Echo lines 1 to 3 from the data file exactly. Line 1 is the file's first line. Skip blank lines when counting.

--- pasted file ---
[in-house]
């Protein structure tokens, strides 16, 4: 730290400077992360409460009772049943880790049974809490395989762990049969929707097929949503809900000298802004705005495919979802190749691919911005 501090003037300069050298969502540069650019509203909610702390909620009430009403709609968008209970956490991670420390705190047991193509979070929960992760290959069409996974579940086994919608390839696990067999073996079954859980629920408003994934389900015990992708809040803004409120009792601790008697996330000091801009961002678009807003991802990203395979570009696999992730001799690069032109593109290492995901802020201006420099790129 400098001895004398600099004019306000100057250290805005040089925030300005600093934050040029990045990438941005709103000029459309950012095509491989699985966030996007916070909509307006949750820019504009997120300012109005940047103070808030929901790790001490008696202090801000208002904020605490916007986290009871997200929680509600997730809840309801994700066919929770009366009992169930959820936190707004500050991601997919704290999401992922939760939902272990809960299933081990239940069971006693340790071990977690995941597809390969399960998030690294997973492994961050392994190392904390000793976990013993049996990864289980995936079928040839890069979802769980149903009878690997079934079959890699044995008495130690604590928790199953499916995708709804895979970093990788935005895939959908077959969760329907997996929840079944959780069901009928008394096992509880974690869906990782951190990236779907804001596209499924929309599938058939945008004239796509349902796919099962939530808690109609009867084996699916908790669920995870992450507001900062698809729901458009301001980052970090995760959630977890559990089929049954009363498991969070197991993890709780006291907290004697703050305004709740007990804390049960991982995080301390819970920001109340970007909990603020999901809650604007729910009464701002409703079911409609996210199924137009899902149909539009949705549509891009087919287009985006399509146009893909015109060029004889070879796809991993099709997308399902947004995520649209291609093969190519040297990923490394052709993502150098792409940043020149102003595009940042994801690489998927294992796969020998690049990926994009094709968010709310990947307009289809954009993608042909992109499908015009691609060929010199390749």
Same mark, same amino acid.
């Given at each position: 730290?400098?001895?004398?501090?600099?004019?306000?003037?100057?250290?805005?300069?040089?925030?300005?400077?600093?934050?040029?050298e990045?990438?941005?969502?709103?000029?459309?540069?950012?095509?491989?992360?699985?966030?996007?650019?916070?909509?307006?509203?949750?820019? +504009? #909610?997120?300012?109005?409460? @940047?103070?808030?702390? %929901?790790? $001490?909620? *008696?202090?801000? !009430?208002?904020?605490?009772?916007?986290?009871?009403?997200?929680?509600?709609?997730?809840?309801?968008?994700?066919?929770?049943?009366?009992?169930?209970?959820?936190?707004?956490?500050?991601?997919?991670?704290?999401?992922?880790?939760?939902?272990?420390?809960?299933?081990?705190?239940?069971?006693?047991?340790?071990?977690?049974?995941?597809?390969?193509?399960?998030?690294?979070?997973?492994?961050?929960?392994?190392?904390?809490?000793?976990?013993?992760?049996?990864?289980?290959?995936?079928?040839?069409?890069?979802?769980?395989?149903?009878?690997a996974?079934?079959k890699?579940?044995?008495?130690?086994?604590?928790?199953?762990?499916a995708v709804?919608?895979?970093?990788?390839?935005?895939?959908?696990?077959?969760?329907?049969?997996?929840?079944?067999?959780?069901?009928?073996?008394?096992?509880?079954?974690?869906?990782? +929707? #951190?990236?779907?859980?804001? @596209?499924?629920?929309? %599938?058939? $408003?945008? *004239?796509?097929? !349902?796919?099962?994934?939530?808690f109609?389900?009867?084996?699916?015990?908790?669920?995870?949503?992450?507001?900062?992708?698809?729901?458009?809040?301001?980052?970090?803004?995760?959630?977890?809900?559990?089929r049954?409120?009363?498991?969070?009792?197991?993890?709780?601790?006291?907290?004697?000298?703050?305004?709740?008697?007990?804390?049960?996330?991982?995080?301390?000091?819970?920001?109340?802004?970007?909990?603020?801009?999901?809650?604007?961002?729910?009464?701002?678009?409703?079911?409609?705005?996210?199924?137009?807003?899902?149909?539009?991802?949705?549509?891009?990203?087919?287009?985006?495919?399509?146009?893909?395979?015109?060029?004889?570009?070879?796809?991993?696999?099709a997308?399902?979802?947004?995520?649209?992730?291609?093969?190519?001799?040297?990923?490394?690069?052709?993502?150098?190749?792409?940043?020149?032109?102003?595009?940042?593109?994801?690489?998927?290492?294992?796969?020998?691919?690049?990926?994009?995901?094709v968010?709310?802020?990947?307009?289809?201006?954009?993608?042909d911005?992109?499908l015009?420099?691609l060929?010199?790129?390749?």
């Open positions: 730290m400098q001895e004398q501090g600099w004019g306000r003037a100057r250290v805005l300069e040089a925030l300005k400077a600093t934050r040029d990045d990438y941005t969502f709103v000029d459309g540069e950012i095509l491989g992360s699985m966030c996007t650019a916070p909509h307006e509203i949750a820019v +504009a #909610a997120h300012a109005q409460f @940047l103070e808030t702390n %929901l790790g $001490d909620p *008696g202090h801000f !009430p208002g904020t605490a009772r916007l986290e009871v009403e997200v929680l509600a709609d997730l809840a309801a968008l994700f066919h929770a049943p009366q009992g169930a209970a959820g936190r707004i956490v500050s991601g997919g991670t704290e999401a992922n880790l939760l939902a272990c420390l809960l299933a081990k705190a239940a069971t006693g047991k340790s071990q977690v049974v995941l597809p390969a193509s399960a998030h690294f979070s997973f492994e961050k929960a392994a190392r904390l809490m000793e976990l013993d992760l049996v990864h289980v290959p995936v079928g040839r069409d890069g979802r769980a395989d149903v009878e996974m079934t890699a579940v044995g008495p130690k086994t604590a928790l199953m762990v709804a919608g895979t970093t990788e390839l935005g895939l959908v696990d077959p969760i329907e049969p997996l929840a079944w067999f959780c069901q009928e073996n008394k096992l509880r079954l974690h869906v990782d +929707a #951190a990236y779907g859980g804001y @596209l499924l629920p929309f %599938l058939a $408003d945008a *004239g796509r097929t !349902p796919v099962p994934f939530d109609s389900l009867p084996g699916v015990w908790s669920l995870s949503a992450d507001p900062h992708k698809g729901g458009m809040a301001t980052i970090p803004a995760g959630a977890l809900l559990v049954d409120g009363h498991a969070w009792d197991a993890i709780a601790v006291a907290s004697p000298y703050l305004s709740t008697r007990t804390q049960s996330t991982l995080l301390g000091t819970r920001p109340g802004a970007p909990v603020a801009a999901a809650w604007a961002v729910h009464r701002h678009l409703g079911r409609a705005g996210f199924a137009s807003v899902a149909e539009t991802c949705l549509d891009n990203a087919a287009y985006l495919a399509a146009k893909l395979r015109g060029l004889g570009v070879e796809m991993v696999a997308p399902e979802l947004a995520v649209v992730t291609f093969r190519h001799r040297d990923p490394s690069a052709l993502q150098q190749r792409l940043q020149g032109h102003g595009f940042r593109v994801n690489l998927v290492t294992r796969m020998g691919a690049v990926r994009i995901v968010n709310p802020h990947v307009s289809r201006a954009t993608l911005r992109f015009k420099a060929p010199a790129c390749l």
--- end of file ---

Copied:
[in-house]
């Protein structure tokens, strides 16, 4: 730290400077992360409460009772049943880790049974809490395989762990049969929707097929949503809900000298802004705005495919979802190749691919911005 501090003037300069050298969502540069650019509203909610702390909620009430009403709609968008209970956490991670420390705190047991193509979070929960992760290959069409996974579940086994919608390839696990067999073996079954859980629920408003994934389900015990992708809040803004409120009792601790008697996330000091801009961002678009807003991802990203395979570009696999992730001799690069032109593109290492995901802020201006420099790129 400098001895004398600099004019306000100057250290805005040089925030300005600093934050040029990045990438941005709103000029459309950012095509491989699985966030996007916070909509307006949750820019504009997120300012109005940047103070808030929901790790001490008696202090801000208002904020605490916007986290009871997200929680509600997730809840309801994700066919929770009366009992169930959820936190707004500050991601997919704290999401992922939760939902272990809960299933081990239940069971006693340790071990977690995941597809390969399960998030690294997973492994961050392994190392904390000793976990013993049996990864289980995936079928040839890069979802769980149903009878690997079934079959890699044995008495130690604590928790199953499916995708709804895979970093990788935005895939959908077959969760329907997996929840079944959780069901009928008394096992509880974690869906990782951190990236779907804001596209499924929309599938058939945008004239796509349902796919099962939530808690109609009867084996699916908790669920995870992450507001900062698809729901458009301001980052970090995760959630977890559990089929049954009363498991969070197991993890709780006291907290004697703050305004709740007990804390049960991982995080301390819970920001109340970007909990603020999901809650604007729910009464701002409703079911409609996210199924137009899902149909539009949705549509891009087919287009985006399509146009893909015109060029004889070879796809991993099709997308399902947004995520649209291609093969190519040297990923490394052709993502150098792409940043020149102003595009940042994801690489998927294992796969020998690049990926994009094709968010709310990947307009289809954009993608042909992109499908015009691609060929010199390749």
Same mark, same amino acid.